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October 12, 2021 HUMAN RIGHTS

Addressing the Post-COVID-19 Needs of Young People Experiencing Homelessness

by Gabriella McDonald and Michael Santos

Youth experiencing homelessness face multiple barriers and unique challenges that require more coordinated federal, state, and local responses in order to meet their needs to make youth homelessness rare, brief, non-recurring, and hopefully eventually eradicated.

Over the last 20 years, valuable strides have been made to bring an “end to homelessness.” The most notable efforts were with regard to minimizing veterans’ homelessness in 2016. However, until recently, one population experiencing homelessness was constantly slipping through the cracks: our nation’s youth—that is, people under the age of 25 who are sleeping outdoors or on the street; sleeping in a tent, car, or other uninhabitable place; or couch surfing or doubling up with other households. Homelessness for a young person is much more than just simply the lack of a home. It usually means that there is no one to teach a young person how to apply for a job or do laundry, no one to cosign an apartment lease, and nowhere to go over summer break when college dorms close. The result is a youth who is completely alone on life’s journey—a state and feeling that have only been heightened during these unprecedented times of COVID-19, where everyone is feeling various forms of isolation.

Youth experiencing homelessness face multiple compounding barriers that thwart their ability to seek and receive critical services.

Youth experiencing homelessness face multiple compounding barriers that thwart their ability to seek and receive critical services.


Youth experiencing homelessness are being failed by some systems that were not designed for this population’s particular needs. For example, many homeless service providers focus on adults experiencing homelessness. They only serve youth to the extent that they are part of a family unit, if at all, and most shelters are not designed to serve and support the needs of young people still in development.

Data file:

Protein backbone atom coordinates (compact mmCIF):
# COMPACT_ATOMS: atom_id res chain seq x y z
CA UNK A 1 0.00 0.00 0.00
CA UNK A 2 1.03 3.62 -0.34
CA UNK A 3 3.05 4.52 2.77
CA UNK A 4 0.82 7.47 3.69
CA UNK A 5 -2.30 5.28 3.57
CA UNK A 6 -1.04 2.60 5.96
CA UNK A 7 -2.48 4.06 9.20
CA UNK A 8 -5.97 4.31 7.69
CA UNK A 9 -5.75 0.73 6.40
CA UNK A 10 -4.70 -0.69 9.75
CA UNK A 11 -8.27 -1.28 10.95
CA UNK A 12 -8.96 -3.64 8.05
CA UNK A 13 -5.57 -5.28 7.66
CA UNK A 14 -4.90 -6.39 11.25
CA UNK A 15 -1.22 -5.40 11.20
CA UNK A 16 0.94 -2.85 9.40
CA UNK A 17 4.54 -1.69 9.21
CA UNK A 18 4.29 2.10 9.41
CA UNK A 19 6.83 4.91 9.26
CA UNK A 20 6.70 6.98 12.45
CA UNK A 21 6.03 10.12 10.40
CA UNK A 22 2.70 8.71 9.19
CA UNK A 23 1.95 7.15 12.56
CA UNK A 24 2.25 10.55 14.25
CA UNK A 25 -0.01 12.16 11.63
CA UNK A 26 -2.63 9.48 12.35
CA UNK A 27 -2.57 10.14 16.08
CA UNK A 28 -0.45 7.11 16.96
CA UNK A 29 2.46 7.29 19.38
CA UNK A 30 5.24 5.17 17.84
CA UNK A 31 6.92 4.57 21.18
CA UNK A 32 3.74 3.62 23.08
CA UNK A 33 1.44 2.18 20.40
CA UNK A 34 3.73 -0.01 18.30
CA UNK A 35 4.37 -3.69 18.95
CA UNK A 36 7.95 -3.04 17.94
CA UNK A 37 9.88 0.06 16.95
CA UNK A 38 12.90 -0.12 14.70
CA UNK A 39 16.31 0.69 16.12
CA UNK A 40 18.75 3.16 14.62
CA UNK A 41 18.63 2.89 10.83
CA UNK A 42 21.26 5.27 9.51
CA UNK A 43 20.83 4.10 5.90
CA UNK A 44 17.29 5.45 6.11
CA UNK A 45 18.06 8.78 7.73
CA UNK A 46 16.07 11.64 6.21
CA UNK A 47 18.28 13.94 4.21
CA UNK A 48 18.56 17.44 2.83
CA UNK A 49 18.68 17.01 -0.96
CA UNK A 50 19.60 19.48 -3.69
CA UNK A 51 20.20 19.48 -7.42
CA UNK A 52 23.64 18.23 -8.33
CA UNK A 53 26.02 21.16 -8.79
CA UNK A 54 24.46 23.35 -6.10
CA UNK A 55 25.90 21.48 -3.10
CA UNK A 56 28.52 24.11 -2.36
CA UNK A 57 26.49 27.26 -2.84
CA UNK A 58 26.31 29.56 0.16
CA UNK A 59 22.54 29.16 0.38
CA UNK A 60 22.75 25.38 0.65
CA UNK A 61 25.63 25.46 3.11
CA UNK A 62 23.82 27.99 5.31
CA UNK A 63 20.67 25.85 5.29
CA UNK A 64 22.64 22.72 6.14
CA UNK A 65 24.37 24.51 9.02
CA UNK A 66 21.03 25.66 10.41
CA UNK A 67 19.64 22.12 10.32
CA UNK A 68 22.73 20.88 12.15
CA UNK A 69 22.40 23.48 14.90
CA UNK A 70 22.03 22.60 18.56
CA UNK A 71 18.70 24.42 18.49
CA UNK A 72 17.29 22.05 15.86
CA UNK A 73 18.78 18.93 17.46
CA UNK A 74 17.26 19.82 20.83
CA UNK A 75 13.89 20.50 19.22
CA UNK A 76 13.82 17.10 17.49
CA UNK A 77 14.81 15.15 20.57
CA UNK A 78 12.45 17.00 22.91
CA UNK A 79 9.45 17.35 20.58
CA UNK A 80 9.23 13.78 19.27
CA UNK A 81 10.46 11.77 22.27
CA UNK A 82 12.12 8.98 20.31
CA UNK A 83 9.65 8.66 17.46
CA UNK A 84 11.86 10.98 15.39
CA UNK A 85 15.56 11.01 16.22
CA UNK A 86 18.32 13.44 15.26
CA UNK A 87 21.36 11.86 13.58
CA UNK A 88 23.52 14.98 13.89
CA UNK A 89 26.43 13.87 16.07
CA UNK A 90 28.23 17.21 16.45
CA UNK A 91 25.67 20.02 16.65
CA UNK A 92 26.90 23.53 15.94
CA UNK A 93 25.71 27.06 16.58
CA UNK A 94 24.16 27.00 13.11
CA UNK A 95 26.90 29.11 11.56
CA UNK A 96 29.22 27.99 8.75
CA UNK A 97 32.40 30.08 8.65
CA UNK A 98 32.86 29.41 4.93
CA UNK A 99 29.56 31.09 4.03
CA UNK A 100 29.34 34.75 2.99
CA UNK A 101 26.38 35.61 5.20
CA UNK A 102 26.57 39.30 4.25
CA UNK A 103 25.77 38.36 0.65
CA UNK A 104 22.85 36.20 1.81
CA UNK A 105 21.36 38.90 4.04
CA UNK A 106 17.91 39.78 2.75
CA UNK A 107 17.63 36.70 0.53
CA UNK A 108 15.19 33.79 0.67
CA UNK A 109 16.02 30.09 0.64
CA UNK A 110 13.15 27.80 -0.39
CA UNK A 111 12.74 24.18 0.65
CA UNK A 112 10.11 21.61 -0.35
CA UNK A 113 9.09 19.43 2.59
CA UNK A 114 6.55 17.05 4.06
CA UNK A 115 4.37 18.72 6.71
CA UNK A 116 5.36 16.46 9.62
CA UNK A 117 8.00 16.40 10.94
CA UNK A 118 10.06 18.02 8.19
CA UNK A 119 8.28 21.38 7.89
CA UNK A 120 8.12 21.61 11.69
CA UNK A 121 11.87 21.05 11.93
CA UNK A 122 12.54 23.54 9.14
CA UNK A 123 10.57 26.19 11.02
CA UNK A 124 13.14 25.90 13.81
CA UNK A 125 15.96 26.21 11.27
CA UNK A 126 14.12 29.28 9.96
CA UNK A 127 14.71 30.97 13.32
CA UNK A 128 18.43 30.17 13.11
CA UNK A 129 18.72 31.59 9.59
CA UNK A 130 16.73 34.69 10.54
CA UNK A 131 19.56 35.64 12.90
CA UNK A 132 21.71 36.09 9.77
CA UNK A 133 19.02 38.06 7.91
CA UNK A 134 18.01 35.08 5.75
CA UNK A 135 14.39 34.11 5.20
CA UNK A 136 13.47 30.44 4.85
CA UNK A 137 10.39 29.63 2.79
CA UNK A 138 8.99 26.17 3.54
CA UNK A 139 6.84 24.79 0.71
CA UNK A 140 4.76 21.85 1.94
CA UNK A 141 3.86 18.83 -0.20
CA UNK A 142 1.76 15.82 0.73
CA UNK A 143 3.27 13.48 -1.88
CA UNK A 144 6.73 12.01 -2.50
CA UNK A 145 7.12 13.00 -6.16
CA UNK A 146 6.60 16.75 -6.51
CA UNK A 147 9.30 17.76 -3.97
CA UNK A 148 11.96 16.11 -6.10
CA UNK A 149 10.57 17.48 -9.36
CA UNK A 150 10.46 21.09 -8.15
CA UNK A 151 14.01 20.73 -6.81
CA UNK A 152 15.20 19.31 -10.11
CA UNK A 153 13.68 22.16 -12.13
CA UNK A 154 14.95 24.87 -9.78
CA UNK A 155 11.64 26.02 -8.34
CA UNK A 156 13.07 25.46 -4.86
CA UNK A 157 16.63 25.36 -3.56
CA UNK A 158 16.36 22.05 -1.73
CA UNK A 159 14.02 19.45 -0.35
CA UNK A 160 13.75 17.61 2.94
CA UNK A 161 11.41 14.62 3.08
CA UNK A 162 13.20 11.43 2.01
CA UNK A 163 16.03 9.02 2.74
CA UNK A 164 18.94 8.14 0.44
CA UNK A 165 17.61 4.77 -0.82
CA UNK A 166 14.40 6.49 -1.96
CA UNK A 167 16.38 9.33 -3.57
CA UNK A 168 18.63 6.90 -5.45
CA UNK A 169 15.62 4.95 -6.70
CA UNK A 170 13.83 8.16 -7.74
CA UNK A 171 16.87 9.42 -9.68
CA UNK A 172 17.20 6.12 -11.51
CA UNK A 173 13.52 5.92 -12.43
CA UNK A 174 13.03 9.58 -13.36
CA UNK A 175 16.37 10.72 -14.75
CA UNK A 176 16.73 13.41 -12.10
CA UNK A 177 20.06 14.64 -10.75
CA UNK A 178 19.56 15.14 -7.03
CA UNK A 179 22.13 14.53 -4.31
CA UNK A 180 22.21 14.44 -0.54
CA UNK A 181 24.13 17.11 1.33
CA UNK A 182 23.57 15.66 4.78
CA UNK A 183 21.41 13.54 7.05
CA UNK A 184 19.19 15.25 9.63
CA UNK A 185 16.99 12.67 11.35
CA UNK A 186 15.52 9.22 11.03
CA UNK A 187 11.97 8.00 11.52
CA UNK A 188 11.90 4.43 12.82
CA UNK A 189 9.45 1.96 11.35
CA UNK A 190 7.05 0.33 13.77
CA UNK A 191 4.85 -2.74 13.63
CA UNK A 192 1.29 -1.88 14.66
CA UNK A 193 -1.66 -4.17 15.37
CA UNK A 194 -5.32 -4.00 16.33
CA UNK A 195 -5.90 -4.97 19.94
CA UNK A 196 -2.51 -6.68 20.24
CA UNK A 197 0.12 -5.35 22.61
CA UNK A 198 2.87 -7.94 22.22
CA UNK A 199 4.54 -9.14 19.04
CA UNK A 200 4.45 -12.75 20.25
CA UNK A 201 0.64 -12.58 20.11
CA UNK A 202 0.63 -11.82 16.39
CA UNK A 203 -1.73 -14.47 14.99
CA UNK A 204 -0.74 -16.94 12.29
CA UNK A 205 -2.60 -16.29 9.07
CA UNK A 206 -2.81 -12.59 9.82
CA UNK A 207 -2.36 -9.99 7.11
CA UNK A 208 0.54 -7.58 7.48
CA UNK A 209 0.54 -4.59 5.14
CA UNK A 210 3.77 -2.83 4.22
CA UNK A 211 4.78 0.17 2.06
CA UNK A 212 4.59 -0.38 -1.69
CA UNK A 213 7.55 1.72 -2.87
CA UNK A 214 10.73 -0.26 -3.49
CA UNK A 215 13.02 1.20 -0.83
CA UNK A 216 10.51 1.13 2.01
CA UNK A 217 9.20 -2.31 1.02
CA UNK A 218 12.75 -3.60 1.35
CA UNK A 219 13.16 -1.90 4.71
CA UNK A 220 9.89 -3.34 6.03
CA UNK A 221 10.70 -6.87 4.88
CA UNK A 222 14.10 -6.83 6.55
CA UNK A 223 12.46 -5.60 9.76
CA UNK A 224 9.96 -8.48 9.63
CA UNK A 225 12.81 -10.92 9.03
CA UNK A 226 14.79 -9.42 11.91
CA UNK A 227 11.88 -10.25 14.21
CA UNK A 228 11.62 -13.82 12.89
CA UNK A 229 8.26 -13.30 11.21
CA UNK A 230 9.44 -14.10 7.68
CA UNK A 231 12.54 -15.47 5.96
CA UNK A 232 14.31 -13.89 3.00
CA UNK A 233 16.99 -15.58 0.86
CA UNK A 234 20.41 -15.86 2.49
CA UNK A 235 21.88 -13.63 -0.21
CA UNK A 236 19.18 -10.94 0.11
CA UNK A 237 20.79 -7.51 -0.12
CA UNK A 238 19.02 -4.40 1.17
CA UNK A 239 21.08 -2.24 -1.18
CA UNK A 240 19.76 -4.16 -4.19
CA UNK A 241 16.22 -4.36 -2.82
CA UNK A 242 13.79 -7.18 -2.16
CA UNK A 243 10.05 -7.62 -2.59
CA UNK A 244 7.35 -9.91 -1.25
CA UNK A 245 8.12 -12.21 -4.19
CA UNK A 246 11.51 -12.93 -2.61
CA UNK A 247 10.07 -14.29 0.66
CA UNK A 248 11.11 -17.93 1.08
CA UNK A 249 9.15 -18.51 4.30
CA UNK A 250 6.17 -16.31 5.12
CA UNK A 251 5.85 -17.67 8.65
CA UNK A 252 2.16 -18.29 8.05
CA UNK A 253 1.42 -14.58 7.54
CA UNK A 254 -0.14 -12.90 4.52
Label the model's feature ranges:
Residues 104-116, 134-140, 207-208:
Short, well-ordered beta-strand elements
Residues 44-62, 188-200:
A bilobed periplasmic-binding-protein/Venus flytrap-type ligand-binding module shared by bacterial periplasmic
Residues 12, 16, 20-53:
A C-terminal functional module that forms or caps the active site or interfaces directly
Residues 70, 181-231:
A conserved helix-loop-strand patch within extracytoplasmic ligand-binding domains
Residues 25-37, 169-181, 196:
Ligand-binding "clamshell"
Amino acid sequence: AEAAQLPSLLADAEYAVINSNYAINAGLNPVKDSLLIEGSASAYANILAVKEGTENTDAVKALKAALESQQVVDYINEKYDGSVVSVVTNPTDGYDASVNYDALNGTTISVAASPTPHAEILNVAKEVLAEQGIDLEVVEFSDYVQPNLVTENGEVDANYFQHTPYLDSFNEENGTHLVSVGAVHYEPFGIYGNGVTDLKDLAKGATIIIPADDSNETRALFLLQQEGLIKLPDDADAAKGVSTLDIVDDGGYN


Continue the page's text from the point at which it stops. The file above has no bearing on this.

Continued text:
Simultaneously, young people experiencing homelessness is often a critical sign that systems of care specifically designed to protect and support them have failed. This can be seen by youth who are subject to aging out of foster care or who are being released from a juvenile facility into homelessness when these systems fail to ensure that they have a safe and supportive family or network to return to.

Consequently, policymakers and legal advocates should not ignore or overlook the myriad reasons youth experience homelessness and the vastly different barriers youth have to overcome to successfully and permanently exit homelessness when creating support and services to provide for these youth.

Youth often cite family conflict as a major reason for running away from home and experiencing homelessness. Youth who have had contact with the foster care, juvenile, and criminal justice systems are at greater risk of homelessness. Black and Latinx youth and youth who identify as LGBTQ+ are also at greater risk of experiencing homelessness. Finally, poverty—alone or combined with any of these other factors—increases the likelihood of homelessness.

Once homeless, youth are more vulnerable to other threats, including but not limited to food insecurity, sexual exploitation and trafficking, physical abuse, untreated mental and physical health problems, disruptions to their education, and criminalization. Without a stable place to call home, their efforts to survive, stay safe, and be resilient become even more challenging. This leads to some engaging in a survival economy in order to meet their basic needs.